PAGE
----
The controversial frontrunner in the race to head Britain's Labor Party has admitted he "may have" donated to an anti-Semitic organization run by a holocaust denier.
Jeremy Corbyn's ties to extremists including Hamas, Hezbollah and a range of far-right, far-left and Islamist figures have featured large in criticisms of his campaign – but have had little effect on his growing popularity.
Relating for the first time to accusations he supported notorious holocaust denier Paul Eisen's Deir Yassin Remembered (DYR) charity, Corbyn said he strongly opposed any forms of holocaust-denial as "vile and wrong."
But he admitted to UK's Channel 4 on Monday that he did attend several DYR events, claiming that at the time Eisen had not come out as a holocaust denier.
"I have no contact now whatsoever with Paul Eisen. I did attend a number of events concerning DYR a number of years ago," he said, relating to a blog by Eisen in which he claimed Corbyn was a key donor and supporter. "I think it’s reasonable we should remember all those people who have suffered in the Middle East on whatever side."
Referring to Eisen's claim that "I'd hardly begun my feverishly-rehearsed pitch before his cheque book was on the table," he denied having made any such substantial donations to the group.
"I have no recollection of a chequebook on the table. Fifteen years ago he was not a Holocaust denier; if he had been I would have had nothing to do with him.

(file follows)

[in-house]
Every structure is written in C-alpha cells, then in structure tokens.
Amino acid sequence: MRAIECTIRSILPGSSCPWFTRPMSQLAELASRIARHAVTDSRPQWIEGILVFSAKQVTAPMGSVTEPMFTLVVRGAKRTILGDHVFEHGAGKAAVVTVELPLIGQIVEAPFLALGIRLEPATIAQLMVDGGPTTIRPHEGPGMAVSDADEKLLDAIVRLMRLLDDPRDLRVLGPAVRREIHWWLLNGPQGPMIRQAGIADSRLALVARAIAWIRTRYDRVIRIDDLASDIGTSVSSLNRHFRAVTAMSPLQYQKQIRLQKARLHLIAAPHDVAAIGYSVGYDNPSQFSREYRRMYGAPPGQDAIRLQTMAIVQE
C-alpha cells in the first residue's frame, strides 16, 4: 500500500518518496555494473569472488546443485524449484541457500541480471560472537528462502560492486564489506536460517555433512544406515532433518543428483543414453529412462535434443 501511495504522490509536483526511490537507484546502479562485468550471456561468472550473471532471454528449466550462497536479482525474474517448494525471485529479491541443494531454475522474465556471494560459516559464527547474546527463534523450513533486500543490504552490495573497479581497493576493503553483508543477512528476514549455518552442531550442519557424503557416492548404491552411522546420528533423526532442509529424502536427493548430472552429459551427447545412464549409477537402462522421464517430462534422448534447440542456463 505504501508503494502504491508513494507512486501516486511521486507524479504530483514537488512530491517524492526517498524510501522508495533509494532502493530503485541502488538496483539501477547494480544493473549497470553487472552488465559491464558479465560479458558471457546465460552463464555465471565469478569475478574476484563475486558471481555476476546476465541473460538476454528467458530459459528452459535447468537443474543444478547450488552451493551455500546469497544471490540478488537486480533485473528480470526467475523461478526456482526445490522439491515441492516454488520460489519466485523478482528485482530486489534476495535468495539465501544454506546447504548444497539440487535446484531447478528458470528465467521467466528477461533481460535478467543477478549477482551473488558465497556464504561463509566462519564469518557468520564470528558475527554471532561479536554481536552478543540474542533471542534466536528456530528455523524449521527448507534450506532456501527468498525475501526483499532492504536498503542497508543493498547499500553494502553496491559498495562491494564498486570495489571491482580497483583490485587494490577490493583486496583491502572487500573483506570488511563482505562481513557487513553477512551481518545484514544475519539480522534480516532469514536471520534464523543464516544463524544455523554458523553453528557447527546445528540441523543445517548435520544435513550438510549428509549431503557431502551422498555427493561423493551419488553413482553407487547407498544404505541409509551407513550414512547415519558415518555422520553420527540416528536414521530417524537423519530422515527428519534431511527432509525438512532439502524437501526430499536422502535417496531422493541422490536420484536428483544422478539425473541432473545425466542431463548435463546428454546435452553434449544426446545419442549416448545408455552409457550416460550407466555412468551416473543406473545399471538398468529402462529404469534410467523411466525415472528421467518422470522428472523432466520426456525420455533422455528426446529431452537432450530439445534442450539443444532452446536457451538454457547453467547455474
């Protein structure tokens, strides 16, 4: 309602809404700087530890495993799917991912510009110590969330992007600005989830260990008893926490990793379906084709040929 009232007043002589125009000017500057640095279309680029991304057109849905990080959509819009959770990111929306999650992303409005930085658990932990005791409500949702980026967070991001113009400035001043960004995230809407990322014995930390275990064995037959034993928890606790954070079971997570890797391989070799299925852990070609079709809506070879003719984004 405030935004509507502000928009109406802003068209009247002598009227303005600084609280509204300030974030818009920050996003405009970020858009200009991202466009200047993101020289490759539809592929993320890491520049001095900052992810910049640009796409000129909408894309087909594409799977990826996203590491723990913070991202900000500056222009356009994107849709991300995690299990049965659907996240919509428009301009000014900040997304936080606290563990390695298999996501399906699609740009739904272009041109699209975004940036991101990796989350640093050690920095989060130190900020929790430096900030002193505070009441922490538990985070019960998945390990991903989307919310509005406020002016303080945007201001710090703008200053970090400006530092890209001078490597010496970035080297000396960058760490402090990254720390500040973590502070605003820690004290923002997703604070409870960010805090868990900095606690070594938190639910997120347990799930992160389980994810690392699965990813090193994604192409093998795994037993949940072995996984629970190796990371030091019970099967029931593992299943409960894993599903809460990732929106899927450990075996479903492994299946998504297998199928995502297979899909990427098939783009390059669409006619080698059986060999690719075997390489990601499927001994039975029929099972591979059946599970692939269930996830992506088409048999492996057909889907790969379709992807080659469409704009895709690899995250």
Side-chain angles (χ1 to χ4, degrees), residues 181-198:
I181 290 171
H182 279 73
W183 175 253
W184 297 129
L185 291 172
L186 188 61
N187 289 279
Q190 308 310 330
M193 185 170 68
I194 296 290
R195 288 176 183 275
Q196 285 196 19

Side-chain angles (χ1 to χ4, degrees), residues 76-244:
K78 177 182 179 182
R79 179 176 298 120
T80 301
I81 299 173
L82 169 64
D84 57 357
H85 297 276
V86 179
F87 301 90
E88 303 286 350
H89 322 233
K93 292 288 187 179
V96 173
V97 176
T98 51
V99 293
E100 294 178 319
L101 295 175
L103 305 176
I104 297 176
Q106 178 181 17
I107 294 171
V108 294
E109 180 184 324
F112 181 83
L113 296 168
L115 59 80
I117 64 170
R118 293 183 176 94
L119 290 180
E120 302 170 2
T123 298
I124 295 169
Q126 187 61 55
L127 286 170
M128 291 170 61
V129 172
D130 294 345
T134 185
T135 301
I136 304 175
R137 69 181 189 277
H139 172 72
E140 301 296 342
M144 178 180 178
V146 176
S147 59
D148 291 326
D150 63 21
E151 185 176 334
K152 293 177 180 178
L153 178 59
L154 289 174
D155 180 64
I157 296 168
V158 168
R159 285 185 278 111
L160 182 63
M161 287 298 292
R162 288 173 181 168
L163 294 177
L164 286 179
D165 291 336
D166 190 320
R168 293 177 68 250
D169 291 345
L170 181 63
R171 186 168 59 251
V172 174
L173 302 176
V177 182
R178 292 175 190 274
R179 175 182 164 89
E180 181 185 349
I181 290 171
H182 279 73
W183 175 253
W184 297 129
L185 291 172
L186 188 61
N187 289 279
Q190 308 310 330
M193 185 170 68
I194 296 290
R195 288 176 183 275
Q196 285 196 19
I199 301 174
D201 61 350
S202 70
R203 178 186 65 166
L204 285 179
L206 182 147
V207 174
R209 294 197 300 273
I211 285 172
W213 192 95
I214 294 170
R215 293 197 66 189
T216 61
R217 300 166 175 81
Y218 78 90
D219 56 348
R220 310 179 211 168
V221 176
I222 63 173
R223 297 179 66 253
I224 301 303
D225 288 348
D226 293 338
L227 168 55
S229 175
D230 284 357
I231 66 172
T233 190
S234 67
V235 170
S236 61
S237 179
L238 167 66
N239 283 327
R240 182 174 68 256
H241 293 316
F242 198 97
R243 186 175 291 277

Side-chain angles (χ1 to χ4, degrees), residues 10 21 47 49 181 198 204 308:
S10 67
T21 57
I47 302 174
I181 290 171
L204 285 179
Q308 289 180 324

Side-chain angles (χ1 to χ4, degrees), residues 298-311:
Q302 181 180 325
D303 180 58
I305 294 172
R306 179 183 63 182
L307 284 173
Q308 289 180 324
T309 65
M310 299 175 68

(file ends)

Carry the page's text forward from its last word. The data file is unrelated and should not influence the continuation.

"The Holocaust was the most vile part of our history. The Jewish people killed were the ones who suffered the most in the 21st century. Whatever happened to that memorial fund I don’t know, it was a long time ago.
"Many of us are very concerned about the situation in Palestine."
However, he admitted that he may have thrown some coins into a donation bucket on the way out.
In the interview Corbyn was not challenged on his comments referring to Hamas and Hezbollah as his "friends," nor was he asked about his strong support for an anti-Semitic vicar.
He was, however, questioned about his support for radical Israeli Islamic cleric Sheikh Raed Salah.
Salah, who heads the Islamic Movement's northern branch, has been convicted in Israel several times on charges of incitement, violence and anti-Semitism. He regularly promotes anti-Semitic stereotypes and conspiracy theories – among them that Jews were responsible for the 9/11 attacks – and has even invoked the infamous "blood libel" accusations, claiming Jews murder non-Jewish children to drink their blood.
But Corbyn has been outspoken in Salah's defense, praising him as "a very honored citizen," and stating that he is "far from a dangerous man." He also insisted that Salah's "voice must be heard" in 2012, after Salah was barred from entering the UK due to his extremism.
Defending his remarks, Corbyn told Channel 4:
"Raed Salah is an Israeli citizen who traveled to this country in a completely normal way. The issue was objected to by one Conservative MP, Mike Freer, he was detained, challenged it and returned to Israel.
"We had quite a long conversation and I made my views very clear. He did not at any stage utter any anti-Semitic remarks to me. Had he been convicted at that time then I’m surprised the Israeli government allowed him to travel."